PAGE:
In an article entitled, Martin Luther: Did He Pass the Litmus Test? they make the following statement and present a quote from Luther:
Luther firmly believed in and relied upon the Bible as the source of truth. In his study of the epistles of the Apostle Paul he had come across verses which had given him the understanding that only through faith in Christ’s redeeming passion does the Christian receive salvation. Luther’s perception of the gospel was this: Christianity consists entirely in the belief in Christ; the substance of Christ’s teaching is unimportant. Or in his own words, “The Gospel does not teach us what we must do or leave undone, but says: God has done this for you, has made His Son flesh for you, has had Him gone to death for you” (unterrichtung wie sich Christen in Mosen sollen schiicken, vol. XVI, p. 367).Documentation
Twelve Tribes* documents the quote as unterrichtung wie sich Christen in Mosen sollen schiicken, vol. XVI, p. 367. This is a reference to Weimarer Ausgabe: WA 16:367. In English, the reference is to How Christians Should Regard Moses, 1525 (LW 35:162). This treatise is one of Luther's expositions on law and gospel. Luther writes against those who would erect following Mosaic law a requirement for salvation.
After comparing two public sermons from heaven (Exodus 19-20; Acts 2), Luther makes the following comment:
Now the first sermon, and doctrine, is the law of God. The second is the gospel. These two sermons are not the same. Therefore we must have a good grasp of the matter in order to know how to differentiate between them. We must know what the law is, and what the gospel is. The law commands and requires us to do certain things. The law is thus directed solely to our behavior and consists in making requirements. For God speaks through the law, saying, “Do this, avoid that, this is what I expect of you.” The gospel, however, does not preach what we are to do or to avoid. It sets up no requirements but reverses the approach of the law, does the very opposite, and says, “This is what God has done for you; he has let his Son be made flesh for you, has let him be put to death for your sake.” So, then, there are two kinds of doctrine and two kinds of works, those of God and those of men. Just as we and God are separated from one another, so also these two doctrines are widely separated from one another. For the gospel teaches exclusively what has been given us by God, and not—as in the case of the law—what we are to do and give to God. Luther, M. (1999). Vol. 35: Luther's works, vol. 35: Word and Sacrament I (J. J. Pelikan, H. C. Oswald and H. T. Lehmann, Ed.) (162). Philadelphia: Fortress Press.
The typical problem with quoting Luther's How a Christian Should regard Moses to prove Luther was some sort of antinomian is that the document is being taken out of its historical context. Luther directed this treatise towards those like the enthusiasts (Andreas Karlstadt, and the Sacramentarians, etc.). Luther had men in mind who were attempting to introduce Mosaic law into the civil code. This provoked Luther to not only refute such civil notions but to put forth a sharp distinction between law and Gospel in which the Gospel was expounded upon in relation to the law. Christ has fulfilled the law and has given His people the Gospel.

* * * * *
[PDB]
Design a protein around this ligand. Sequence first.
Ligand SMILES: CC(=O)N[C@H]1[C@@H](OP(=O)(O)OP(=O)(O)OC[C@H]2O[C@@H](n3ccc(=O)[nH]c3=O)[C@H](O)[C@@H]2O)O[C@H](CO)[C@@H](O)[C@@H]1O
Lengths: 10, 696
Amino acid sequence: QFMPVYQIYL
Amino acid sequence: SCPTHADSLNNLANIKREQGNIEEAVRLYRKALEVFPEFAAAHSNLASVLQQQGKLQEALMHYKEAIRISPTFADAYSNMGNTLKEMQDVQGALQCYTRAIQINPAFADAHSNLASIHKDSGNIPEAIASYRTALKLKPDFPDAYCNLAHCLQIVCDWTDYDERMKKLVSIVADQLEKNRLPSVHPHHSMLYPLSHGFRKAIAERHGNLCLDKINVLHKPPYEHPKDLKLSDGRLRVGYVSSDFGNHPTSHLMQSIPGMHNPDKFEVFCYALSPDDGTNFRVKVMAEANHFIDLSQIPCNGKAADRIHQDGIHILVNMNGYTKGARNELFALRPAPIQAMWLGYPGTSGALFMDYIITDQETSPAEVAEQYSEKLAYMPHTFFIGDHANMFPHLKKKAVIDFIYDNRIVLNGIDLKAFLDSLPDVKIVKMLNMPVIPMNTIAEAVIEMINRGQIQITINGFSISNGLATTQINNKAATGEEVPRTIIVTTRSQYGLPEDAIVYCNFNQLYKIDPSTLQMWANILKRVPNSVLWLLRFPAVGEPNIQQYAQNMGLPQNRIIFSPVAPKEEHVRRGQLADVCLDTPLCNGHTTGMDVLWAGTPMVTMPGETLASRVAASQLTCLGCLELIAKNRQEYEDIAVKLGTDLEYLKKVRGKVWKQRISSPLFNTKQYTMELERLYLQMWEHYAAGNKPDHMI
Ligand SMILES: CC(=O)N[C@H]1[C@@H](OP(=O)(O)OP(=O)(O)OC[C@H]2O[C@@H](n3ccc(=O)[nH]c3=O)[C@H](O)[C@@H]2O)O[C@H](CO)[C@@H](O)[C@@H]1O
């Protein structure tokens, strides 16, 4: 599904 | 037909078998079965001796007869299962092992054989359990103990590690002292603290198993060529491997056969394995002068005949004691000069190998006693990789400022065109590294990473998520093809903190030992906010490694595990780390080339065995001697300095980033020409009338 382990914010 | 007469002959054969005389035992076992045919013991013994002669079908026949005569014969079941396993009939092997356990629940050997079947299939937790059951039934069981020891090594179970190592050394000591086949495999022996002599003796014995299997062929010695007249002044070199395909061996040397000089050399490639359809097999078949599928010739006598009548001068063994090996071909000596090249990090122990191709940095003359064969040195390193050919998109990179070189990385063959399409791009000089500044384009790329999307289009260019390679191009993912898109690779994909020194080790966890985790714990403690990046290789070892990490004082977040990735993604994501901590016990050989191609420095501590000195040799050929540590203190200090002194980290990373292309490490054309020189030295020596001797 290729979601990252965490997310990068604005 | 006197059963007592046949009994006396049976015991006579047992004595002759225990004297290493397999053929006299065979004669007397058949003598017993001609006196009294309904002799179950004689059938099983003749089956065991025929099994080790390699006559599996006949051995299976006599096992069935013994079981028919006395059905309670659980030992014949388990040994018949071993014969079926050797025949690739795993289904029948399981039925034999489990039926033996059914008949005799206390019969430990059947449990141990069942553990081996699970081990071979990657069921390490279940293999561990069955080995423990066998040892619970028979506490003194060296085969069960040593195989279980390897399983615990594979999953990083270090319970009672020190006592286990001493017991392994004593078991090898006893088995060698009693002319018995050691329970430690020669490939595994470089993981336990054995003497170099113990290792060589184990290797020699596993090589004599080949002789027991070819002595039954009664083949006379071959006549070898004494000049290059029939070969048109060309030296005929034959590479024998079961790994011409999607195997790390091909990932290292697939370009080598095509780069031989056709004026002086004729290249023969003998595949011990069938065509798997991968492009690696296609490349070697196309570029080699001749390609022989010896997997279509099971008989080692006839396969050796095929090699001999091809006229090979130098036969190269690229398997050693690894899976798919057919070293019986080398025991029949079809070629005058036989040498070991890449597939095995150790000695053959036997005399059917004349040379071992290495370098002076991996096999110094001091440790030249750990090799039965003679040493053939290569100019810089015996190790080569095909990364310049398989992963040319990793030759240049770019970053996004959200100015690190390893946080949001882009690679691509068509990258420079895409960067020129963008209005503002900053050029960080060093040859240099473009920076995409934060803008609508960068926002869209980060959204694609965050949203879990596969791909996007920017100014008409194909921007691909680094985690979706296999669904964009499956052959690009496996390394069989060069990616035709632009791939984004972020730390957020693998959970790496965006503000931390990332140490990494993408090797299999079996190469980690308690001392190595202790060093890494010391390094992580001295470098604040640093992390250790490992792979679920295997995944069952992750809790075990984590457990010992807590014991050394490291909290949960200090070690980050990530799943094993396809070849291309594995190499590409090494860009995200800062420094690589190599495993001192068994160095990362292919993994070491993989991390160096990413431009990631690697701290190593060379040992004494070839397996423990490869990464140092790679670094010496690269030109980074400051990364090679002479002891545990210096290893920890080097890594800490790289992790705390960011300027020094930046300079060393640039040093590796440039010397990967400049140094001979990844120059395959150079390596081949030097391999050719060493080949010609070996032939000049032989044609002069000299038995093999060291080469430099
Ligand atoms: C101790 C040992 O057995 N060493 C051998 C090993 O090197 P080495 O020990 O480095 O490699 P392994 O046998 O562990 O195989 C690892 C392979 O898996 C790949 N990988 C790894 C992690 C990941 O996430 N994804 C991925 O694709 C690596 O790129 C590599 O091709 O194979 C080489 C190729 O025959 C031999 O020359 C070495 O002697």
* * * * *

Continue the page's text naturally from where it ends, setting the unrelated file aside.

The Twelve Tribes article goes on to state:
To Luther the teachings of Christ were not important because all that he knew about works was that they were of no benefit or merit in regard to salvation. By this thinking, he reduced the gospel to only the redeeming and atoning sacrifice of Christ on behalf of sinners. It became the gospel of going to heaven. However Christ and His apostles preached the gospel of the Kingdom of Heaven. Therefore to the apostles the teachings of Christ were very important, because teaching others to keep the commandments of Christ would establish His kingship or the Kingdom of Heaven.The confusion groups like Twelve Tribes have with Luther is that they typically operate with a gospel that has law mixed into it and then judge that Luther is antinomian. They never take the time to figure out where the law fit into Luther's theology. Even the context of the Luther quote would have helped them, had they actually read, for Luther goes on to state: "For the gospel teaches exclusively what has been given us by God, and not—as in the case of the law—what we are to do and give to God." Luther’s theology indeed has a place for the Law of God and its use in the life of a Christian. Most recently an exposition on Luther and the law has been put out by Concordia- Edward Engelbrect's Friends of the Law: Luther's Usoe of the Law for Christian Life. The author demonstrates that Luther adhered to what later theologians described as a "third use of the law."
Luther held that grace, faith, and the work of Christ are essential ingredients that justify, and that justification is a gift as well as the very faith involved. God judges a man by Christ’s perfect works which are imputed to a sinner, and that sinner is seen as completely righteous. This does not though mean: Eat, drink, and be merry, for tomorrow we die. Salvation is unto good works. Good works are not unto eventual justification. We are saved in order to perform good works, not by performing them. Luther held that faith is a living faith, and it shows its life by what it does. For Luther, we are not saved by works; but if there be no works, there must be something amiss with faith. Luther defines good works as those “works that flow from faith and from the joy of heart that has come to us because we have forgiveness of sins through Christ.” Luther taught a life under the cross, which is a life of discipleship of following after Christ. Our crosses though, do not save. They serve the neighbor. We are called to be neighbor to those around us.
* It's possible that the Twelve Tribes website took their article on Luther from here.